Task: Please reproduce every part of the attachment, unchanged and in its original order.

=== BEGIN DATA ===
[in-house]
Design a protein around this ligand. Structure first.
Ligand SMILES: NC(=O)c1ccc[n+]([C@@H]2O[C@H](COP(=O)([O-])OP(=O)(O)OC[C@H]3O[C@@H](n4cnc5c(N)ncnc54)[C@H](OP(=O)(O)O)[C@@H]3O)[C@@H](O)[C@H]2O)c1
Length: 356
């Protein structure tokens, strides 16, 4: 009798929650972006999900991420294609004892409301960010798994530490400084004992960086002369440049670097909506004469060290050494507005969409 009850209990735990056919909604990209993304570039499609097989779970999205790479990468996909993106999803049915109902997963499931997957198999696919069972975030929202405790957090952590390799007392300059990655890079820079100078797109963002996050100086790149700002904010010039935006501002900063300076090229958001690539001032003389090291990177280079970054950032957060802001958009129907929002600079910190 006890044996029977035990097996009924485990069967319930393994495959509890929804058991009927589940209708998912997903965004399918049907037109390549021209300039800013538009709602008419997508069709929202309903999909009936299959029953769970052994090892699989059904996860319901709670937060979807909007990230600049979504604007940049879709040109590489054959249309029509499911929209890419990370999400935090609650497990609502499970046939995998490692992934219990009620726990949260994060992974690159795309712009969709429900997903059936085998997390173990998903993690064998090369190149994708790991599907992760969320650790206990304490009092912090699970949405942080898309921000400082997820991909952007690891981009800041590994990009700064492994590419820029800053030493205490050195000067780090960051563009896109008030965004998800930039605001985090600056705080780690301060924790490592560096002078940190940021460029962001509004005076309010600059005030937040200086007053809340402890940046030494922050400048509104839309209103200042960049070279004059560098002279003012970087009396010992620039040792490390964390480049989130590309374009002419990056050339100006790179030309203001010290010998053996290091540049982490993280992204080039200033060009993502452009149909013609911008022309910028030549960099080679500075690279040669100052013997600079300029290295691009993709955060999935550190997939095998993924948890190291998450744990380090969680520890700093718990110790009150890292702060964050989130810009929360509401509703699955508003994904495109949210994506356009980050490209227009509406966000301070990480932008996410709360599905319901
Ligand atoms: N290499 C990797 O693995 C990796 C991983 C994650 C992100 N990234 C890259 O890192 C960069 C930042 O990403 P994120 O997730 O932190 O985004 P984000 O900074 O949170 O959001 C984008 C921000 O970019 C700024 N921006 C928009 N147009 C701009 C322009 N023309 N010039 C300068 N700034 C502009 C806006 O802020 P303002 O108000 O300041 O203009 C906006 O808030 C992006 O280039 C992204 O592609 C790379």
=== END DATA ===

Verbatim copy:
[in-house]
Design a protein around this ligand. Structure first.
Ligand SMILES: NC(=O)c1ccc[n+]([C@@H]2O[C@H](COP(=O)([O-])OP(=O)(O)OC[C@H]3O[C@@H](n4cnc5c(N)ncnc54)[C@H](OP(=O)(O)O)[C@@H]3O)[C@@H](O)[C@H]2O)c1
Length: 356
């Protein structure tokens, strides 16, 4: 009798929650972006999900991420294609004892409301960010798994530490400084004992960086002369440049670097909506004469060290050494507005969409 009850209990735990056919909604990209993304570039499609097989779970999205790479990468996909993106999803049915109902997963499931997957198999696919069972975030929202405790957090952590390799007392300059990655890079820079100078797109963002996050100086790149700002904010010039935006501002900063300076090229958001690539001032003389090291990177280079970054950032957060802001958009129907929002600079910190 006890044996029977035990097996009924485990069967319930393994495959509890929804058991009927589940209708998912997903965004399918049907037109390549021209300039800013538009709602008419997508069709929202309903999909009936299959029953769970052994090892699989059904996860319901709670937060979807909007990230600049979504604007940049879709040109590489054959249309029509499911929209890419990370999400935090609650497990609502499970046939995998490692992934219990009620726990949260994060992974690159795309712009969709429900997903059936085998997390173990998903993690064998090369190149994708790991599907992760969320650790206990304490009092912090699970949405942080898309921000400082997820991909952007690891981009800041590994990009700064492994590419820029800053030493205490050195000067780090960051563009896109008030965004998800930039605001985090600056705080780690301060924790490592560096002078940190940021460029962001509004005076309010600059005030937040200086007053809340402890940046030494922050400048509104839309209103200042960049070279004059560098002279003012970087009396010992620039040792490390964390480049989130590309374009002419990056050339100006790179030309203001010290010998053996290091540049982490993280992204080039200033060009993502452009149909013609911008022309910028030549960099080679500075690279040669100052013997600079300029290295691009993709955060999935550190997939095998993924948890190291998450744990380090969680520890700093718990110790009150890292702060964050989130810009929360509401509703699955508003994904495109949210994506356009980050490209227009509406966000301070990480932008996410709360599905319901
Ligand atoms: N290499 C990797 O693995 C990796 C991983 C994650 C992100 N990234 C890259 O890192 C960069 C930042 O990403 P994120 O997730 O932190 O985004 P984000 O900074 O949170 O959001 C984008 C921000 O970019 C700024 N921006 C928009 N147009 C701009 C322009 N023309 N010039 C300068 N700034 C502009 C806006 O802020 P303002 O108000 O300041 O203009 C906006 O808030 C992006 O280039 C992204 O592609 C790379």